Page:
CHICAGO – Jim Farley is keeping one eye on gasoline prices and another on a surging rival from Korea as 2011 unfolds.
Farley, Ford’s group vice president-global marketing, tells the Midwest Automotive Media Assn. here he is optimistic about the U.S. market this year but wary of prices at the pump.
“Consumers are back spending again on a variety of things and consumer confidence is now at 60%, the highest level it's been at in three years,” he says at a Chicago Auto Show kickoff breakfast today.
But even though gas prices “aren’t a problem yet, (they) could be,” he adds. “In 2008, gas prices rose quickly overnight. Now they've been rising at a much slower rate.
“But it's not a matter of if gas prices reach $4 to $5 a gallon but when, though we are prepared now with electric vehicles and Ecoboost engines and higher-mileage vehicles when they do.”
Farley says Ford also is paying more attention to Hyundai, which wins the “Family Car of the Year” award given by MAMA at the show for its Sonata midsize sedan.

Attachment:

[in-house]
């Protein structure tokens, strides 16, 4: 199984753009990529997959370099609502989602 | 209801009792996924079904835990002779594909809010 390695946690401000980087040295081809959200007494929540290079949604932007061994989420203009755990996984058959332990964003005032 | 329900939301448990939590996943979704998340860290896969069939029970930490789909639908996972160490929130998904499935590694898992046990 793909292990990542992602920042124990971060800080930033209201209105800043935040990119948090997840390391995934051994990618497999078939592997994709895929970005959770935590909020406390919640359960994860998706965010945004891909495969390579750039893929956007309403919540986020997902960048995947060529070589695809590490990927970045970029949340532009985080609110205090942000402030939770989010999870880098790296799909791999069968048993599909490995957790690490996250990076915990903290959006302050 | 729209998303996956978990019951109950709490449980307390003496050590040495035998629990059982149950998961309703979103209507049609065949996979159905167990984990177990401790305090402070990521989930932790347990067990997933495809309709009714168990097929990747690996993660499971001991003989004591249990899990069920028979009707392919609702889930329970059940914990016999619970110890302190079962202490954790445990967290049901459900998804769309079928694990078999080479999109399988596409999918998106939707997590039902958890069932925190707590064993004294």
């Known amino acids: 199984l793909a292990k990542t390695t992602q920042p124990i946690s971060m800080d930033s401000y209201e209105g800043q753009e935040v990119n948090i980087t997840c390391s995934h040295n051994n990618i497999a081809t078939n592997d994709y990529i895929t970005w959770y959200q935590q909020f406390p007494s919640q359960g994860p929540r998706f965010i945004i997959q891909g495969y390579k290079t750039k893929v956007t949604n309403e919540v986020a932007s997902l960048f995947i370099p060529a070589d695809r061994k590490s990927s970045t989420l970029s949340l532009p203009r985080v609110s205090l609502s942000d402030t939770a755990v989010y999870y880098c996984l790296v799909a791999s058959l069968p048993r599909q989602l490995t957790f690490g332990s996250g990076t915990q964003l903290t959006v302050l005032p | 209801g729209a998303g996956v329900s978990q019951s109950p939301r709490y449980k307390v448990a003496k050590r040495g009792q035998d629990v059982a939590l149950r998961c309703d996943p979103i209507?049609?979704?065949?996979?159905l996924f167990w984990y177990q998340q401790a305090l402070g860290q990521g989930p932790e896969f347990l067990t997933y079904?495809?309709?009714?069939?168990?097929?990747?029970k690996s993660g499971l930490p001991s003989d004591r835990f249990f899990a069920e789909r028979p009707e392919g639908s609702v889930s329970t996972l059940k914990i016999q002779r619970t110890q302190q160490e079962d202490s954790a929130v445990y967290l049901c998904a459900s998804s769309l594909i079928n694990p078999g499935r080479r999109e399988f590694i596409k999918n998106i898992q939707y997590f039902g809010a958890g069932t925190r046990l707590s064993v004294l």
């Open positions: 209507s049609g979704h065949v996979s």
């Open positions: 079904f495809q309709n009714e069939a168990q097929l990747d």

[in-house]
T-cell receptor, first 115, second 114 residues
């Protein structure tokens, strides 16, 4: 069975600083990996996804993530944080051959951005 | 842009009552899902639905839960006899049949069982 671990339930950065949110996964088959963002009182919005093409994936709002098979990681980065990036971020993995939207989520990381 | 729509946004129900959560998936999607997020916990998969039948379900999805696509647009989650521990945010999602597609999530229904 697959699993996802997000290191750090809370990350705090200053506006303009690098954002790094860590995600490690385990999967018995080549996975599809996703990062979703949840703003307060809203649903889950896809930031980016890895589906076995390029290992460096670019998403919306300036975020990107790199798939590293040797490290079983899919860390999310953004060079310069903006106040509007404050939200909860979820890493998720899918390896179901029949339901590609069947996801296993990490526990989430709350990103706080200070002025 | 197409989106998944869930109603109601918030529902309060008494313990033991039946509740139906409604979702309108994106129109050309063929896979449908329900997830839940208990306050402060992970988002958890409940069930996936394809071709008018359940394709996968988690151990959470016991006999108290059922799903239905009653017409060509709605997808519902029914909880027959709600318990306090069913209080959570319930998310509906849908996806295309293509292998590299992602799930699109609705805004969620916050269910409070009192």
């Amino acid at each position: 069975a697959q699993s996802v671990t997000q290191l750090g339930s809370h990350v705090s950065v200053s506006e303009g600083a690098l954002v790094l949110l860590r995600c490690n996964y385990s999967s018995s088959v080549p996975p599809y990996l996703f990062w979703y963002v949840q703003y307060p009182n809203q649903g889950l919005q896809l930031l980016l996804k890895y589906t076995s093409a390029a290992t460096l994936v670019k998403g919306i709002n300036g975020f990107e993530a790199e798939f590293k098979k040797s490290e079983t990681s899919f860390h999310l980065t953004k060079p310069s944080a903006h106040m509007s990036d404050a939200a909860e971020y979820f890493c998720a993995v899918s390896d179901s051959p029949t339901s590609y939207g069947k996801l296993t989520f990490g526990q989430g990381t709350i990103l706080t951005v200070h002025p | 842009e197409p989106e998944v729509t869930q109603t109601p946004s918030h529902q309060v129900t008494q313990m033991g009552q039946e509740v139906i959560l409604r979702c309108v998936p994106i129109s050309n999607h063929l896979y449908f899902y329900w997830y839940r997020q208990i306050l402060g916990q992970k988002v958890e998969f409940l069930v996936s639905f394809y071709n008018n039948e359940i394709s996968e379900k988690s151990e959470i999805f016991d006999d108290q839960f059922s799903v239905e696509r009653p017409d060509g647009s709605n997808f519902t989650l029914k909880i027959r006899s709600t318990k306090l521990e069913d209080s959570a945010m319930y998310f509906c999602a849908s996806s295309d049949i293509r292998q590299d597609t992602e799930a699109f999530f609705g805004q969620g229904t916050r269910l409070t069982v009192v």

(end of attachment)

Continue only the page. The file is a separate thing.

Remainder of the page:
“I'm impressed with (the) Sonata and new Elantra,” Farley admits. “It was Ford and the South Koreans who grew last year.
“We've focused attention on the South Koreans for a while,” he continues. “South Korean cars are already better than those from Toyota. They've executed new product very well and have very well-designed, fuel-efficient, affordable vehicles that have been more successful than other imports from Toyota and Honda.”
Farley brushes off new competition for the Ford Mustang in the form of the Chevrolet Camaro convertible that reaches U.S. showrooms in March.
“They are getting a convertible; we've always had one,” he says. “Traditionally, sports cars have 18 to 24 months of glory before demand is challenged. But we figure you have to watch how a car performs over six years, not just 18-24 months, which is why we plan to continually reinvent Mustang to create interest.”
Ford’s social-marketing push, seen here with the unveiling of the auto maker’s “Go Do” campaign that gives consumers the chance to live out their travel fantasies in a new Explorer SUV and drive a new ʼ12 Focus through Europe, is a means of “getting noticed, trusted and respected among consumers,” Farley says.
More attention is being paid to social media as a marketing tool because “it often has been said it makes your message more authentic and builds trust in your company. People trust what friends and neighbors say more than what (an auto company) says.’
The drawback? “People can say whatever they want,” he notes.
The industry will spend about $5 billion in Internet advertising globally by 2014, Farley says.